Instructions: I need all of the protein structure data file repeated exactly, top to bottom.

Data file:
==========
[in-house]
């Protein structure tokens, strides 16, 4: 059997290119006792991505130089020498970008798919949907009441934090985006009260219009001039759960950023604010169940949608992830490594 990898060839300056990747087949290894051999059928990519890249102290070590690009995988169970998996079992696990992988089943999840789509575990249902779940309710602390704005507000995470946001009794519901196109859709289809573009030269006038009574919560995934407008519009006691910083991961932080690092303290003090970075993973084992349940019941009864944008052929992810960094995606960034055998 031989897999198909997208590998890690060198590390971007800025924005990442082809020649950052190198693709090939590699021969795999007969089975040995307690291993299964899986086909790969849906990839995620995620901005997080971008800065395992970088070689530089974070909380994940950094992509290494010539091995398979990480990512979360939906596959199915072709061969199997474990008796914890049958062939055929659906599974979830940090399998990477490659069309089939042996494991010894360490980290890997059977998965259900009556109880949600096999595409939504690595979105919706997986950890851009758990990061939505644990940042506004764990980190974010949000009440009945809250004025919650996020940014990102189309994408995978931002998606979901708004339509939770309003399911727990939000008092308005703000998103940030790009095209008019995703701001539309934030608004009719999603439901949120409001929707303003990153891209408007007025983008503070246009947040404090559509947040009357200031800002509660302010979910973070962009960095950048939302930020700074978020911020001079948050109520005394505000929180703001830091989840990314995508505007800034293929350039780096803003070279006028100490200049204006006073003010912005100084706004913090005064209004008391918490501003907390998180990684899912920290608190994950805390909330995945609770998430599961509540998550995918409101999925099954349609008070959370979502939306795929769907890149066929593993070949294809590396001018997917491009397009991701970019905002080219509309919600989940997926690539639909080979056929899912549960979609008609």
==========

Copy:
[in-house]
């Protein structure tokens, strides 16, 4: 059997290119006792991505130089020498970008798919949907009441934090985006009260219009001039759960950023604010169940949608992830490594 990898060839300056990747087949290894051999059928990519890249102290070590690009995988169970998996079992696990992988089943999840789509575990249902779940309710602390704005507000995470946001009794519901196109859709289809573009030269006038009574919560995934407008519009006691910083991961932080690092303290003090970075993973084992349940019941009864944008052929992810960094995606960034055998 031989897999198909997208590998890690060198590390971007800025924005990442082809020649950052190198693709090939590699021969795999007969089975040995307690291993299964899986086909790969849906990839995620995620901005997080971008800065395992970088070689530089974070909380994940950094992509290494010539091995398979990480990512979360939906596959199915072709061969199997474990008796914890049958062939055929659906599974979830940090399998990477490659069309089939042996494991010894360490980290890997059977998965259900009556109880949600096999595409939504690595979105919706997986950890851009758990990061939505644990940042506004764990980190974010949000009440009945809250004025919650996020940014990102189309994408995978931002998606979901708004339509939770309003399911727990939000008092308005703000998103940030790009095209008019995703701001539309934030608004009719999603439901949120409001929707303003990153891209408007007025983008503070246009947040404090559509947040009357200031800002509660302010979910973070962009960095950048939302930020700074978020911020001079948050109520005394505000929180703001830091989840990314995508505007800034293929350039780096803003070279006028100490200049204006006073003010912005100084706004913090005064209004008391918490501003907390998180990684899912920290608190994950805390909330995945609770998430599961509540998550995918409101999925099954349609008070959370979502939306795929769907890149066929593993070949294809590396001018997917491009397009991701970019905002080219509309919600989940997926690539639909080979056929899912549960979609008609």